Language makes a difference. Clinicians once talked about “diabetes cases.” Then it became “diabetes patients,” “patients with diabetes” and “patient-centered care.” The focus in 2022 is “person-centered care.” People living with diabetes, their families, and caregivers notice the difference.
“The movement from patient-centered to person-centered means a different spectrum of focus, attention, and care,” said Kellie M. Rodriguez, RN, MSN, MBA, CDCES, Director of Global Diabetes and Infectious Diseases at Parkland Hospital, Dallas. “Patient-centered has always had a focus on the clinical nature of diabetes. The person-centered focus is a huge opportunity because it means we look beyond the clinical spectrum to the whole person in their lived world. Social determinants of health are a huge driving force in the achievement of outcomes that are significantly more impactful than the clinical impact we can have.”
Rodriguez will open a symposium exploring Creative Strategies for Person-Centered Care and Education—Addressing Diversity, Equity and Inclusion at 2:15 p.m. CT Sunday, June 5, in La Nouvelle Orleans Ballroom B at the convention center.
When it comes to managing diabetes, the world that an individual lives in every day is the single most important piece of the puzzle, Rodriguez said.
“When I see labile blood glucose levels, my first question is, ‘Tell me about your life. What makes you smile?” she said. “It’s very often those answers that explain the glucose profile and are the source of my diabetes-related strategies and solutions. When it comes to managing chronic disease, we need to expand our focus from the clinical nature of the visit to what happens or doesn’t happen between visits. People are living 99% of their lives outside the health care system and outside of our clinics.”
Clinical care matters, but only if it’s care that a patient is willing and able to accept, and has the resources to implement. Prescribing an unaffordable, evidence-based medication for someone earning minimum wage without health coverage may not help them manage their diabetes.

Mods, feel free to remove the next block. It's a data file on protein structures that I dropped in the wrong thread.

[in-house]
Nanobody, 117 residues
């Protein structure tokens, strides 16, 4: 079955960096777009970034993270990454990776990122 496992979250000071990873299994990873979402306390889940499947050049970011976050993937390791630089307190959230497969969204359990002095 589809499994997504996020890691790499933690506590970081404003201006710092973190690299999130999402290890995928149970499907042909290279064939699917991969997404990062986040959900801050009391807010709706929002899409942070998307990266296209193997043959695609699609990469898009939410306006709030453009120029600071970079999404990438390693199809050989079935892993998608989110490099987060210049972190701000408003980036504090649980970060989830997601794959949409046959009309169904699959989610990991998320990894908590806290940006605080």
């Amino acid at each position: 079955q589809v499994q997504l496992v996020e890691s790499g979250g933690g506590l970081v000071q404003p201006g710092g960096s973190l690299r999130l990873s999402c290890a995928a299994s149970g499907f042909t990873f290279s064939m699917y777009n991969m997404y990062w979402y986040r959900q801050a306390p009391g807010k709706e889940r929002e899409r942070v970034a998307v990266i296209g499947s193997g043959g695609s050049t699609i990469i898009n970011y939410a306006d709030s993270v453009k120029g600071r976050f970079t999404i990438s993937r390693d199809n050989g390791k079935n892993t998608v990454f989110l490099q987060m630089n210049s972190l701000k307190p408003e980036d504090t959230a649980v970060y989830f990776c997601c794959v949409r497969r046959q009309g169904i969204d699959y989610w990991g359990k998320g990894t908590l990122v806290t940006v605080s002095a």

“Person-centered care is working with the person with diabetes to figure out the best medications that fit their life versus saying, ‘This is the guideline and the evidence and the best drug,’” said Katherine S. O’Neal, PharmD, MBA, BCACP, CDCES, BC-ADM, CLS, FADCES, Associate Professor of Pharmacy at the University of Oklahoma Health Sciences Center College of Pharmacy. “Evidence and guidelines don’t always work for individuals, especially if there are financial or social barriers. It’s all about the person, their understanding of the disease, [and] their understanding of how they can help themselves with our assistance.”
Advice on diet, exercise, and other lifestyle factors must be equally personalized. Telling diabetes patients what they should and should not eat can be counterproductive. A more useful approach can be to talk about their current diet, the foods that are important to their family, and then work from there.
“The changes people make to better manage their diabetes have to fit the culture they live in,” explained dietitian Lorena Drago, MS, RDN, CDN, CDCES, owner of Hispanic Foodways LLC. “I focus on Hispanic and Latino health—people who may have been told that rice is bad for diabetes, or tortillas are bad. If the foods they grew up with [and] that are the center of their lives and their families’ lives are bad, managing diabetes becomes problematic. It’s not that certain foods are bad, but that other foods are better and some are best for diabetes. We need to provide individuals with information and education based on what they can do and what is available to them. This symposium is about the practical tips that can help clinicians see where people are in their lives and develop action steps based on what they can actually accomplish.”